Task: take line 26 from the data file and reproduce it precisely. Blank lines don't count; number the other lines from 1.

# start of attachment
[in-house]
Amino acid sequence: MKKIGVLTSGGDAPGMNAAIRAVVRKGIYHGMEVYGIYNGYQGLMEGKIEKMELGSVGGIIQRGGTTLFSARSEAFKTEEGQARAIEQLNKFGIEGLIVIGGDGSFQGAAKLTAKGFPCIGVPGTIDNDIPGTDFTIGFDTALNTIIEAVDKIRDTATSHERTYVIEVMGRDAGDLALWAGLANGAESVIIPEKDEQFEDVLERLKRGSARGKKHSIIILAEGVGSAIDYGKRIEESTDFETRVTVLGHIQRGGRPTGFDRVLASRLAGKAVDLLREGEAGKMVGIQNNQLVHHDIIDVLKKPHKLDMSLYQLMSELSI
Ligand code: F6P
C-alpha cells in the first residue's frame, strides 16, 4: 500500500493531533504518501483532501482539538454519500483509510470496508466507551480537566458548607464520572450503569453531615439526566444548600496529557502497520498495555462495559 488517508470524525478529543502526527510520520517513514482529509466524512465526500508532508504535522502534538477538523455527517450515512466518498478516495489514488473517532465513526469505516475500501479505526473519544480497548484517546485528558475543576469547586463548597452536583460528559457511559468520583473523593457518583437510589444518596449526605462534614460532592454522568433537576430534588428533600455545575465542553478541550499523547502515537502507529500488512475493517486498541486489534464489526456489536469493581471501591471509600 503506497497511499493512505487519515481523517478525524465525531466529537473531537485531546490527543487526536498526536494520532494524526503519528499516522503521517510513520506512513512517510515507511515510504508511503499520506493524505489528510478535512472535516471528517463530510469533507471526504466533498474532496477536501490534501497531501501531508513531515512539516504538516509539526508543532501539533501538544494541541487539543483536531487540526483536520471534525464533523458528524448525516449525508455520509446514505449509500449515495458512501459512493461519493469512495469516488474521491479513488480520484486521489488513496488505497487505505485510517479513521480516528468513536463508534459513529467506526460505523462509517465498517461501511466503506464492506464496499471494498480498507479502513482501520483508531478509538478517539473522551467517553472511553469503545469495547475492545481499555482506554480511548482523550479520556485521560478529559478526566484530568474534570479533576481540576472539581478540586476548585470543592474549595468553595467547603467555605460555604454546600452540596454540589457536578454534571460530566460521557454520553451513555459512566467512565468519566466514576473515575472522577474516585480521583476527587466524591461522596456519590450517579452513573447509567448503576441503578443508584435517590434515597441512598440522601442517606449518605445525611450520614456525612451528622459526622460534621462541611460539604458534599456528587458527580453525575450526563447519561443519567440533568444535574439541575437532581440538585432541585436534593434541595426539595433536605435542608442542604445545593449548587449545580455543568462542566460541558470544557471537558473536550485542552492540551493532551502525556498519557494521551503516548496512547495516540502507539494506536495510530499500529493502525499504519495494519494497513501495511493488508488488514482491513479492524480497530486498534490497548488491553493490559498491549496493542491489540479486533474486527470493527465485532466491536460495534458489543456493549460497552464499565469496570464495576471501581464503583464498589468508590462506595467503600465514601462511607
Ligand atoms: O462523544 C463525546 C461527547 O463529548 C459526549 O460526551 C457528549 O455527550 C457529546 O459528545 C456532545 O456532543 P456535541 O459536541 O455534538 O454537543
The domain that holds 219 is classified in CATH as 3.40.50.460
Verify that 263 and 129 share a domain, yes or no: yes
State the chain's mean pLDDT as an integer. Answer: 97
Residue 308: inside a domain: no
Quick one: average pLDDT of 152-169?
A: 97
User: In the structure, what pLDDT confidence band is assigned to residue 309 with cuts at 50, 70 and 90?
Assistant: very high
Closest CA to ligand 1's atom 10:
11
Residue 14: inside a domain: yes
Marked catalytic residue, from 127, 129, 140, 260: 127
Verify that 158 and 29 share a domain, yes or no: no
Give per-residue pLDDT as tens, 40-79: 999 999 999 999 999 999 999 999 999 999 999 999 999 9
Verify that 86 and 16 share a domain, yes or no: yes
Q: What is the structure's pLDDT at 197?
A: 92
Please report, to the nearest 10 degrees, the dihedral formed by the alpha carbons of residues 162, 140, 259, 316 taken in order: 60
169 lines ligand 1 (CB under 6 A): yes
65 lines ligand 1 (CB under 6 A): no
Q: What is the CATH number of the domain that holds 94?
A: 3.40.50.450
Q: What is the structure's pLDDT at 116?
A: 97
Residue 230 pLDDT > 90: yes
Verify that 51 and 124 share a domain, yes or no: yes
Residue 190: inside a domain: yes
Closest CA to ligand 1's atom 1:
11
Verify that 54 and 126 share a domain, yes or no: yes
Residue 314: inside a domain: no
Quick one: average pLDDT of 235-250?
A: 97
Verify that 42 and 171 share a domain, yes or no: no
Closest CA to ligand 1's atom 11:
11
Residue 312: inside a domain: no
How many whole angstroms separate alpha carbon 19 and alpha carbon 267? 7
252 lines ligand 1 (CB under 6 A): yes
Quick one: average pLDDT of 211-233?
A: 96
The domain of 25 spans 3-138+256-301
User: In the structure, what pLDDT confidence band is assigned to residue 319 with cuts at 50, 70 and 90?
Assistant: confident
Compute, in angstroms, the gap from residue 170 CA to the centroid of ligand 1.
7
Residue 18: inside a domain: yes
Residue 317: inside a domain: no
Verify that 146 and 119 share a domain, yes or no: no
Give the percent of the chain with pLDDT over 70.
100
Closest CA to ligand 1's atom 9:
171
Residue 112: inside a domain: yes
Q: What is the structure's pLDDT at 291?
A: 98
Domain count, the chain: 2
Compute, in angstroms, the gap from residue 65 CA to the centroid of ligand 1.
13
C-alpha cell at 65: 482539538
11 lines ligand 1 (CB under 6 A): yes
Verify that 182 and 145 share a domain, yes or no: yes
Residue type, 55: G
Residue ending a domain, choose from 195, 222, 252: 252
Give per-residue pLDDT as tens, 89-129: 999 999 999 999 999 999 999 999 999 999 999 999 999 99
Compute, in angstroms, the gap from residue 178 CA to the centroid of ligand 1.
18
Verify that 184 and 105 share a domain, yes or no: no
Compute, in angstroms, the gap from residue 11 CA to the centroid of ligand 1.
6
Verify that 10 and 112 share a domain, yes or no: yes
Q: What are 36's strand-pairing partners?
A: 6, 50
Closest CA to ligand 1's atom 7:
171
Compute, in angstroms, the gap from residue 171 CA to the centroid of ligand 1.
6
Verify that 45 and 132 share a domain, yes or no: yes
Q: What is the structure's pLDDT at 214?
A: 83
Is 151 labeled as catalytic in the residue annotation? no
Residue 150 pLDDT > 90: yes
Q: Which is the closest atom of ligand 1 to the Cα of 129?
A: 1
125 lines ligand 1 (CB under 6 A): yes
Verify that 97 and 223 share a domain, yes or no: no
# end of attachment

Q: What is the CATH number of the domain that holds 94?